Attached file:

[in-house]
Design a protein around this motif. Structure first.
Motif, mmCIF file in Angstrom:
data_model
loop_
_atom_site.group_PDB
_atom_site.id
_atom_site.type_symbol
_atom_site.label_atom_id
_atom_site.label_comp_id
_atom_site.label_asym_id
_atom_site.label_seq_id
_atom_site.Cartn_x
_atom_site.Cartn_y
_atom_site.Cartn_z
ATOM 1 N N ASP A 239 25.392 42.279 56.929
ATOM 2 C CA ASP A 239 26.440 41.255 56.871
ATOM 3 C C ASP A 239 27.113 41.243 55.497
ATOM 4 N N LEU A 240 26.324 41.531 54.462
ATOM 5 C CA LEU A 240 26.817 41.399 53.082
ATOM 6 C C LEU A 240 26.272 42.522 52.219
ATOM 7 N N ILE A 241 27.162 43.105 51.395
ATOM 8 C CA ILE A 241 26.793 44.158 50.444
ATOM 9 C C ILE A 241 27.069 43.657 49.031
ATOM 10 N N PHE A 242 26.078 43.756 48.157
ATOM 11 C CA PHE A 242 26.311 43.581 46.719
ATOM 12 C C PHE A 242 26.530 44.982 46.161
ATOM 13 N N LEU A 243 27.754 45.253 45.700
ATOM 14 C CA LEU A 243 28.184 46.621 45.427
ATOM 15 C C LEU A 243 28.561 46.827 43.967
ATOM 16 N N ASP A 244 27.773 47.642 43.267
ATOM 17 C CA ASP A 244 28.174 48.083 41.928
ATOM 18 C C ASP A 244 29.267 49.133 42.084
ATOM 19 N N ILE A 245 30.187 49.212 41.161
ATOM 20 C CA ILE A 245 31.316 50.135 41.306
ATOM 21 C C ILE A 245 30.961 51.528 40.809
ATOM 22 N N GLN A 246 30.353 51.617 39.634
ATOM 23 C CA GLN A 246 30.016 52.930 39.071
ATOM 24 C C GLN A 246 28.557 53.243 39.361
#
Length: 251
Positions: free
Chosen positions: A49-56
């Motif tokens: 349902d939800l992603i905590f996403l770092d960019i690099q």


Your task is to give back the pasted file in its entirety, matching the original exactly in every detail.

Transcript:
[in-house]
Design a protein around this motif. Structure first.
Motif, mmCIF file in Angstrom:
data_model
loop_
_atom_site.group_PDB
_atom_site.id
_atom_site.type_symbol
_atom_site.label_atom_id
_atom_site.label_comp_id
_atom_site.label_asym_id
_atom_site.label_seq_id
_atom_site.Cartn_x
_atom_site.Cartn_y
_atom_site.Cartn_z
ATOM 1 N N ASP A 239 25.392 42.279 56.929
ATOM 2 C CA ASP A 239 26.440 41.255 56.871
ATOM 3 C C ASP A 239 27.113 41.243 55.497
ATOM 4 N N LEU A 240 26.324 41.531 54.462
ATOM 5 C CA LEU A 240 26.817 41.399 53.082
ATOM 6 C C LEU A 240 26.272 42.522 52.219
ATOM 7 N N ILE A 241 27.162 43.105 51.395
ATOM 8 C CA ILE A 241 26.793 44.158 50.444
ATOM 9 C C ILE A 241 27.069 43.657 49.031
ATOM 10 N N PHE A 242 26.078 43.756 48.157
ATOM 11 C CA PHE A 242 26.311 43.581 46.719
ATOM 12 C C PHE A 242 26.530 44.982 46.161
ATOM 13 N N LEU A 243 27.754 45.253 45.700
ATOM 14 C CA LEU A 243 28.184 46.621 45.427
ATOM 15 C C LEU A 243 28.561 46.827 43.967
ATOM 16 N N ASP A 244 27.773 47.642 43.267
ATOM 17 C CA ASP A 244 28.174 48.083 41.928
ATOM 18 C C ASP A 244 29.267 49.133 42.084
ATOM 19 N N ILE A 245 30.187 49.212 41.161
ATOM 20 C CA ILE A 245 31.316 50.135 41.306
ATOM 21 C C ILE A 245 30.961 51.528 40.809
ATOM 22 N N GLN A 246 30.353 51.617 39.634
ATOM 23 C CA GLN A 246 30.016 52.930 39.071
ATOM 24 C C GLN A 246 28.557 53.243 39.361
#
Length: 251
Positions: free
Chosen positions: A49-56
């Motif tokens: 349902d939800l992603i905590f996403l770092d960019i690099q």